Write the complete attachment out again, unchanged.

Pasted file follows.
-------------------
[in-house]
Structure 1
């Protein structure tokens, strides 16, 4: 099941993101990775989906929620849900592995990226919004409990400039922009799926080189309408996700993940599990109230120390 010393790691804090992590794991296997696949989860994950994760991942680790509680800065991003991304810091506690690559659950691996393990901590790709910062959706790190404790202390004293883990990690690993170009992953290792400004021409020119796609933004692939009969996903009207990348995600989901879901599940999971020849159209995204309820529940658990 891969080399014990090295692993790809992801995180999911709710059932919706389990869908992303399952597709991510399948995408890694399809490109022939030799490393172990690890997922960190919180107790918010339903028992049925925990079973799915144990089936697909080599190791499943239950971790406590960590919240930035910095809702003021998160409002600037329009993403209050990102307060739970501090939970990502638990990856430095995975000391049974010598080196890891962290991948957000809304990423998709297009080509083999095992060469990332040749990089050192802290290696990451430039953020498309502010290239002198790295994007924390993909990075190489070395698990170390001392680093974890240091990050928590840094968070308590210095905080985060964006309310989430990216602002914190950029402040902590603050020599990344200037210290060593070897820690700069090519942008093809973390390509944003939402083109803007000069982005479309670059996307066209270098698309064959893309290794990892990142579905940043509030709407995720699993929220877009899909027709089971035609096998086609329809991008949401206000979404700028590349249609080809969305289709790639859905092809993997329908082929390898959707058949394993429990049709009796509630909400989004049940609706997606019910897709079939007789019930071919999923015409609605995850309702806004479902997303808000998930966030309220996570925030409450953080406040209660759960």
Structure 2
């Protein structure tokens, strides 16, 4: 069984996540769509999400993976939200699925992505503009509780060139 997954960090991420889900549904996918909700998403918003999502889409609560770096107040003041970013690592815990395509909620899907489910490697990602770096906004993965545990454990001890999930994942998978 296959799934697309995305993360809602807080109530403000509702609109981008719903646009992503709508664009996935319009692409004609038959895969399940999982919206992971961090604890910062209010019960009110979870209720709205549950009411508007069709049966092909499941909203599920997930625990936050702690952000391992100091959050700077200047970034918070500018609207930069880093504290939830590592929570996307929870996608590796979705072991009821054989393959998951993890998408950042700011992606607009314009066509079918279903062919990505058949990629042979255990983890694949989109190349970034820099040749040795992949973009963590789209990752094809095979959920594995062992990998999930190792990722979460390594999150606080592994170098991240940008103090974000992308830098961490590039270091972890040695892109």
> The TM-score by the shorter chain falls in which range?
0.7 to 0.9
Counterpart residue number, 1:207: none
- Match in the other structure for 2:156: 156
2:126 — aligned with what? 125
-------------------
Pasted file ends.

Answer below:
[in-house]
Structure 1
């Protein structure tokens, strides 16, 4: 099941993101990775989906929620849900592995990226919004409990400039922009799926080189309408996700993940599990109230120390 010393790691804090992590794991296997696949989860994950994760991942680790509680800065991003991304810091506690690559659950691996393990901590790709910062959706790190404790202390004293883990990690690993170009992953290792400004021409020119796609933004692939009969996903009207990348995600989901879901599940999971020849159209995204309820529940658990 891969080399014990090295692993790809992801995180999911709710059932919706389990869908992303399952597709991510399948995408890694399809490109022939030799490393172990690890997922960190919180107790918010339903028992049925925990079973799915144990089936697909080599190791499943239950971790406590960590919240930035910095809702003021998160409002600037329009993403209050990102307060739970501090939970990502638990990856430095995975000391049974010598080196890891962290991948957000809304990423998709297009080509083999095992060469990332040749990089050192802290290696990451430039953020498309502010290239002198790295994007924390993909990075190489070395698990170390001392680093974890240091990050928590840094968070308590210095905080985060964006309310989430990216602002914190950029402040902590603050020599990344200037210290060593070897820690700069090519942008093809973390390509944003939402083109803007000069982005479309670059996307066209270098698309064959893309290794990892990142579905940043509030709407995720699993929220877009899909027709089971035609096998086609329809991008949401206000979404700028590349249609080809969305289709790639859905092809993997329908082929390898959707058949394993429990049709009796509630909400989004049940609706997606019910897709079939007789019930071919999923015409609605995850309702806004479902997303808000998930966030309220996570925030409450953080406040209660759960």
Structure 2
């Protein structure tokens, strides 16, 4: 069984996540769509999400993976939200699925992505503009509780060139 997954960090991420889900549904996918909700998403918003999502889409609560770096107040003041970013690592815990395509909620899907489910490697990602770096906004993965545990454990001890999930994942998978 296959799934697309995305993360809602807080109530403000509702609109981008719903646009992503709508664009996935319009692409004609038959895969399940999982919206992971961090604890910062209010019960009110979870209720709205549950009411508007069709049966092909499941909203599920997930625990936050702690952000391992100091959050700077200047970034918070500018609207930069880093504290939830590592929570996307929870996608590796979705072991009821054989393959998951993890998408950042700011992606607009314009066509079918279903062919990505058949990629042979255990983890694949989109190349970034820099040749040795992949973009963590789209990752094809095979959920594995062992990998999930190792990722979460390594999150606080592994170098991240940008103090974000992308830098961490590039270091972890040695892109």
> The TM-score by the shorter chain falls in which range?
0.7 to 0.9
Counterpart residue number, 1:207: none
- Match in the other structure for 2:156: 156
2:126 — aligned with what? 125